(You Tube: Paul Watzlawick: "When the solution is the problem")



At the end of March my typerating for the "Latitude" expired. The authorization to fly this modern business jet, which must be renewed every year. This is connected with a simulator check in the USA, and privately the costs beyond 20,000 euros are prohibitive. It's a pity on the one hand, because it was an impressive aircraft, with state-of-the-art technology and pleasant to fly. Will I miss it? Honestly: No. And that was a surprise for me. But when I think about it, I also feel how much quality of life I've gained since I stopped flying full-time. If you let go of one thing, you can "tackle" something else. 
What I miss is the feeling of flying. Looking at the world from above. To beat the earth's gravity and to be free in space. But I'll get that back when the time comes. With a small, two-seater propeller plane and a flight over the Alpine peaks. My wife can come along, and I don't have to explain to her on the phone that unfortunately the duty schedule has changed and I won't be coming home at the weekend after all.


I was on the road for the "Standard" in the past days. A report from the camping bus, 1500 km criss-cross through Austria. The topic: What do we need now, in a post-pandemic world? What have we learned, what could we do better? These were exciting encounters, spontaneous, without a planned route. A young organic farmer who resists having to produce more and more because the yield per hectare in agriculture has been falling for years. A model manager and career woman who suddenly has doubts about whether everything should really revolve around money. And Luis, with his white ruffled beard and felted hat and his 96 years the oldest Kitzbühel resident, has summed up his wisdom in one sentence: " For greed all nature is too little." To be read in the "Album" on June 5. Looking forward to it!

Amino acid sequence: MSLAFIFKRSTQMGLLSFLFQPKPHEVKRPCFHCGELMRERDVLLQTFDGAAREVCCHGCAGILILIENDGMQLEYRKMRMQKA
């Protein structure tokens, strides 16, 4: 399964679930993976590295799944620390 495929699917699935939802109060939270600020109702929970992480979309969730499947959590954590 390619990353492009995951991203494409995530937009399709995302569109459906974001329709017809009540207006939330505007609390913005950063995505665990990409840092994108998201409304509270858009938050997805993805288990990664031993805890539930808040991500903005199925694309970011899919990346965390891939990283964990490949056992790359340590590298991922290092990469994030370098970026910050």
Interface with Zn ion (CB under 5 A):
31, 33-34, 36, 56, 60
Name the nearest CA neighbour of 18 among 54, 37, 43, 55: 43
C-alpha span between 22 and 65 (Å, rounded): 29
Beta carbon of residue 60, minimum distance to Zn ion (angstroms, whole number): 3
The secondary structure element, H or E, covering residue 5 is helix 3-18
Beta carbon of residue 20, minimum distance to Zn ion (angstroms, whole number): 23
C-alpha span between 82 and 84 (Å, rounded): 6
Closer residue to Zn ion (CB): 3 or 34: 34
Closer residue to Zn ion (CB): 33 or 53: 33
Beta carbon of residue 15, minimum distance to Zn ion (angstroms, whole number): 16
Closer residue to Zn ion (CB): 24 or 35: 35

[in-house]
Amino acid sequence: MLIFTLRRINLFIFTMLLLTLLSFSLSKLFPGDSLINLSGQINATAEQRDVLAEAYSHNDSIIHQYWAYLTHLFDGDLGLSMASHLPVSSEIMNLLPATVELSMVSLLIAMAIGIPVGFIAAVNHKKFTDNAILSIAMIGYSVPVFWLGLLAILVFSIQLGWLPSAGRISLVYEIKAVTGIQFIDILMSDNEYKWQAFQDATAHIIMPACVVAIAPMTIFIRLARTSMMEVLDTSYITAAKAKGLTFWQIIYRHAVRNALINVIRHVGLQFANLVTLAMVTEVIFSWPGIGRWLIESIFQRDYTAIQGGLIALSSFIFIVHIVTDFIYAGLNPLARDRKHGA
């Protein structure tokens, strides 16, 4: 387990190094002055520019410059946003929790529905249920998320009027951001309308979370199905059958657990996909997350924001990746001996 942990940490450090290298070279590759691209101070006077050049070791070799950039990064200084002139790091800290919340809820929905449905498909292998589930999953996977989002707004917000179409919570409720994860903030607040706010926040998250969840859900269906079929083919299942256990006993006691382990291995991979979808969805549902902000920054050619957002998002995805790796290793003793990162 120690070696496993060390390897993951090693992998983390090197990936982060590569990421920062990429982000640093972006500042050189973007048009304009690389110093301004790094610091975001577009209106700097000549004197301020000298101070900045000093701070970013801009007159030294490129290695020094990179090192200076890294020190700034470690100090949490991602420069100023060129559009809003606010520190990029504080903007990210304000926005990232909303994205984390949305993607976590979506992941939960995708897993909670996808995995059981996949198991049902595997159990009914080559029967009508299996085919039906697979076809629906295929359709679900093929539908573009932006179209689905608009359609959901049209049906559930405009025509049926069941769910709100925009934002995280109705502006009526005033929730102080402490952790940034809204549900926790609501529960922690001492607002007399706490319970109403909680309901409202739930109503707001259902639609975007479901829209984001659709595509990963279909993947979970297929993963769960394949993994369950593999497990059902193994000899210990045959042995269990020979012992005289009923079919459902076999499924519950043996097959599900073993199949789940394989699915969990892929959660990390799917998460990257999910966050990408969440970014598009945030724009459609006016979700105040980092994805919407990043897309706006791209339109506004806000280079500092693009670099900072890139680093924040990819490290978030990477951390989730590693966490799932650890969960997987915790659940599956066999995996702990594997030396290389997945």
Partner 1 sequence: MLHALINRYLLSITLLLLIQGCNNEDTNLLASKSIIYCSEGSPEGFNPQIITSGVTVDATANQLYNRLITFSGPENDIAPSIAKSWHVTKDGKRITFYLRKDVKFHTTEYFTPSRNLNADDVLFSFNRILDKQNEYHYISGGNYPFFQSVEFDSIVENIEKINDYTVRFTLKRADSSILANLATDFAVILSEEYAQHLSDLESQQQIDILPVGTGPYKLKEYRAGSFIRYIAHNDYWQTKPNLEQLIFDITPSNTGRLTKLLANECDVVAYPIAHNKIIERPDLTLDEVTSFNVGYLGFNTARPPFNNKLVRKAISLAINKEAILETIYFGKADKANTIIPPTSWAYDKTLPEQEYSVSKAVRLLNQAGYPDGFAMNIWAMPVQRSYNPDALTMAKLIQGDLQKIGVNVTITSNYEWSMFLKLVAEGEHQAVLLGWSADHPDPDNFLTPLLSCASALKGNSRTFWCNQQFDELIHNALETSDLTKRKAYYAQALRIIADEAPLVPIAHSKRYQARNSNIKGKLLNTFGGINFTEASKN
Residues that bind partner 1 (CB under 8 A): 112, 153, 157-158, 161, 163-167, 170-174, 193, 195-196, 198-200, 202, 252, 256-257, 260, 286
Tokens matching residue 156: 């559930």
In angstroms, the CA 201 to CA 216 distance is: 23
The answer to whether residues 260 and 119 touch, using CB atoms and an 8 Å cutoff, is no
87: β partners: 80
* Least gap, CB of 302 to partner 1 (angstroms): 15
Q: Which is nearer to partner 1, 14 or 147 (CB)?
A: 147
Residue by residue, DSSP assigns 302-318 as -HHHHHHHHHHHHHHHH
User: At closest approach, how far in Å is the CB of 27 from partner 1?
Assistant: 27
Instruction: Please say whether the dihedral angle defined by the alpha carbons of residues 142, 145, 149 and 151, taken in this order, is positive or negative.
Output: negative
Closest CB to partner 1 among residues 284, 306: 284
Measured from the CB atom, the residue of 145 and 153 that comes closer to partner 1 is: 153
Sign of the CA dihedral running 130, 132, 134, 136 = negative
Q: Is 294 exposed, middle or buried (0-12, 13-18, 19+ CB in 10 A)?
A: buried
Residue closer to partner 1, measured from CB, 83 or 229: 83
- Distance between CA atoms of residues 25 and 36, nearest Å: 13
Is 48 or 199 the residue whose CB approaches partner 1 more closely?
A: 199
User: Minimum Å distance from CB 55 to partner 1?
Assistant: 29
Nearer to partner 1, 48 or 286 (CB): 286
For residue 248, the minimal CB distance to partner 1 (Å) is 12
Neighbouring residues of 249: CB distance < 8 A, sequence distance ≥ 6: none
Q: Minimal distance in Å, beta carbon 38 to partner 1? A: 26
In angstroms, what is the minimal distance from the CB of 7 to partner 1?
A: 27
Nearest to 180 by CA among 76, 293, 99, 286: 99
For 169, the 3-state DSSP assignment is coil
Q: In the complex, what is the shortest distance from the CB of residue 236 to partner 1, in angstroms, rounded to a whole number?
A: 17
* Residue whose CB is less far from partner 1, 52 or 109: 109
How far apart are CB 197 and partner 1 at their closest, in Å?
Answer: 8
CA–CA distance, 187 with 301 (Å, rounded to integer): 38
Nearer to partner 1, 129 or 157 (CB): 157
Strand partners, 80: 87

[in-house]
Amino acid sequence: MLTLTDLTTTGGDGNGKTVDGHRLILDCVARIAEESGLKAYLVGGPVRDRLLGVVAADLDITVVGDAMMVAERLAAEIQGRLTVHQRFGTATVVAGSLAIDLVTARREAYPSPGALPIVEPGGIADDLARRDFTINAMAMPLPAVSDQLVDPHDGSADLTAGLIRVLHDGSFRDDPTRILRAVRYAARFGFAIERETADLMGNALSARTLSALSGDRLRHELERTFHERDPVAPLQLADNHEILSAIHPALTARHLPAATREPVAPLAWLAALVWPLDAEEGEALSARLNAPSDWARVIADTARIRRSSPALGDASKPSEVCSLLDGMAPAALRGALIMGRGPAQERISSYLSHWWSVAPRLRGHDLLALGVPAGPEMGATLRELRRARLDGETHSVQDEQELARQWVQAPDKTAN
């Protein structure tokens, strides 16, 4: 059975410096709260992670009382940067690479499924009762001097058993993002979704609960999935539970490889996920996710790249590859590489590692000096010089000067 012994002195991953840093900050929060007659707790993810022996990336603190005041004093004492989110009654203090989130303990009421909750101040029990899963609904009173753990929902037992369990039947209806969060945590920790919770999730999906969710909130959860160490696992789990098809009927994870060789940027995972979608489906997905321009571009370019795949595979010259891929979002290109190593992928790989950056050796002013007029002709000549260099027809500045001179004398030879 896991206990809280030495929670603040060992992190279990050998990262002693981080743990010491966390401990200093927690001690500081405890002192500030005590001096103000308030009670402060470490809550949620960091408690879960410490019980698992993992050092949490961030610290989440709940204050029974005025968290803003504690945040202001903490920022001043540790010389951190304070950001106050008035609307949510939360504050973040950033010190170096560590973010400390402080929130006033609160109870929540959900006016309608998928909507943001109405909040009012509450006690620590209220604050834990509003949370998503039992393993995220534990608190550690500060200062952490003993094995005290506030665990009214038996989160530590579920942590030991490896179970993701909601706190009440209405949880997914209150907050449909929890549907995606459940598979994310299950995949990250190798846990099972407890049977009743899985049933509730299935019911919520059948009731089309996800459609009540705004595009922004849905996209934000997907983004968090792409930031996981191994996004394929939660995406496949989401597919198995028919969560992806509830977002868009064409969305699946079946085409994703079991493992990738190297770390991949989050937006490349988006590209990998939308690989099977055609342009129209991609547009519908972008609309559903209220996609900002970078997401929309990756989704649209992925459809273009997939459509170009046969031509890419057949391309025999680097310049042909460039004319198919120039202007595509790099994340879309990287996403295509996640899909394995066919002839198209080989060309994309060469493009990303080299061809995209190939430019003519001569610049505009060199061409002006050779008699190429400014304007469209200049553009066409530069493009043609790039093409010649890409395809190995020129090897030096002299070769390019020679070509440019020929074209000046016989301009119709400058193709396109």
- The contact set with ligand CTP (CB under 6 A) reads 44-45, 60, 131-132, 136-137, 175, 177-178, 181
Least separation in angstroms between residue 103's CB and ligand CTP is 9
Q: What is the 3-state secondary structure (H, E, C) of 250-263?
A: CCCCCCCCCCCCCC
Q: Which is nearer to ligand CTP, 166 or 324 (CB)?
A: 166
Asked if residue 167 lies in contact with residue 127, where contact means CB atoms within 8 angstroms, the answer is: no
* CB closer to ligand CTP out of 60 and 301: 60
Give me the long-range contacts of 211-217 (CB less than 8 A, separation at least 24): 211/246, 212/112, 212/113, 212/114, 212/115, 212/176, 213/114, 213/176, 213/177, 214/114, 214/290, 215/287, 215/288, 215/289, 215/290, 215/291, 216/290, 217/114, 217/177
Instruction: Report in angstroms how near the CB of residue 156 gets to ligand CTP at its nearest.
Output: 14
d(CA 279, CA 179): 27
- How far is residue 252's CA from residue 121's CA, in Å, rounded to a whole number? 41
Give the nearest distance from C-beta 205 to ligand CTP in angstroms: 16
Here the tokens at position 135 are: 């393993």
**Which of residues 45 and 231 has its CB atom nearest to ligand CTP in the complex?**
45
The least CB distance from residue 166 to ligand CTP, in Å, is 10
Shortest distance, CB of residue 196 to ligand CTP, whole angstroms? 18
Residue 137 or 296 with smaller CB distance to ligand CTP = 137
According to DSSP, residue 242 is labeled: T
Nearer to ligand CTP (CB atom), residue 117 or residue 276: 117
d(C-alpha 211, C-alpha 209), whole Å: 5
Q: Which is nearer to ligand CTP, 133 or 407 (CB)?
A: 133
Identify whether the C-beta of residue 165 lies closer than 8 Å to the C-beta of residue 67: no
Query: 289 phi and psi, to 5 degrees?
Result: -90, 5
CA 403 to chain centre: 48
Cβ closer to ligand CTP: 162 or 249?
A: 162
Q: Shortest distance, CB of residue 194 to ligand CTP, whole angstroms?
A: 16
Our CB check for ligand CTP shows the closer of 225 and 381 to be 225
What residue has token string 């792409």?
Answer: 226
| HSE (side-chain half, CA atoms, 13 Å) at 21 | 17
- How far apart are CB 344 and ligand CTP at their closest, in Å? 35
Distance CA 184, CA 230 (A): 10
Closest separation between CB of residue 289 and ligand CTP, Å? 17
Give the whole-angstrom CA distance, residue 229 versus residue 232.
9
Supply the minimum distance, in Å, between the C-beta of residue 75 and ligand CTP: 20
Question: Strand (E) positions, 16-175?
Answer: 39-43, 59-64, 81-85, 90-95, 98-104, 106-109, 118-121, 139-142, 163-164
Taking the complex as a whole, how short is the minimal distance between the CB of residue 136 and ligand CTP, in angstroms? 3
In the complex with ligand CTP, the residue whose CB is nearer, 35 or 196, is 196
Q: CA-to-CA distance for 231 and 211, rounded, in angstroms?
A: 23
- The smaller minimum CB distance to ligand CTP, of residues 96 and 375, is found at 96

Today we presented our program to an airline. The work of several months in 15 minutes PowerPoint to the point. The feedback makes me happy because it shows that our approach is right. To embark on the path to a new job, to a new task, with an inward look.

But it takes more than that to turn a good idea into a functioning company. Like a painter, I'm busy putting details on the canvas with a brush: As a team, we make contacts, plan workshops, record promo videos, tinker with corporate design, answer emails, zoom through the week. But what it takes then is stepping back. To see the big picture again. The canvas, not just the brushstroke. What area is important right now? Did I miss something? Where is something missing? Setting priorities when time is tight is something I know from the cockpit. Rearranging priorities several times a day, taking on impulses, overturning ideas and trying something new - that's what my daily routine looks like now. 



Okay, I actually thought I had passed on the professional pilot identity with the uniform, on the last day of work. But it's not that simple after all. Every year it is time to renew the licenses. I've already said goodbye to some of them, but there are others I don't want to say goodbye to. The effort to acquire them was too great: the instrument rating, for example, or my flight instructor license. This weekend there is a mandatory two-day seminar for flight instructors. And there they are again: all the familiar faces from the industry, the ex-colleagues from the cockpit with whom you had a beer in hotel bars or went out for dinner together. A few became friends. It feels strange: as if everything is as it always was, and yet everything is different. Something has shifted. My view of this profession has become a different one, but the old view is still familiar to me. This oscillation between two worlds is typical for change processes. What helps? Taking one step at a time. Enduring the ambivalence. Clarity also happens over ti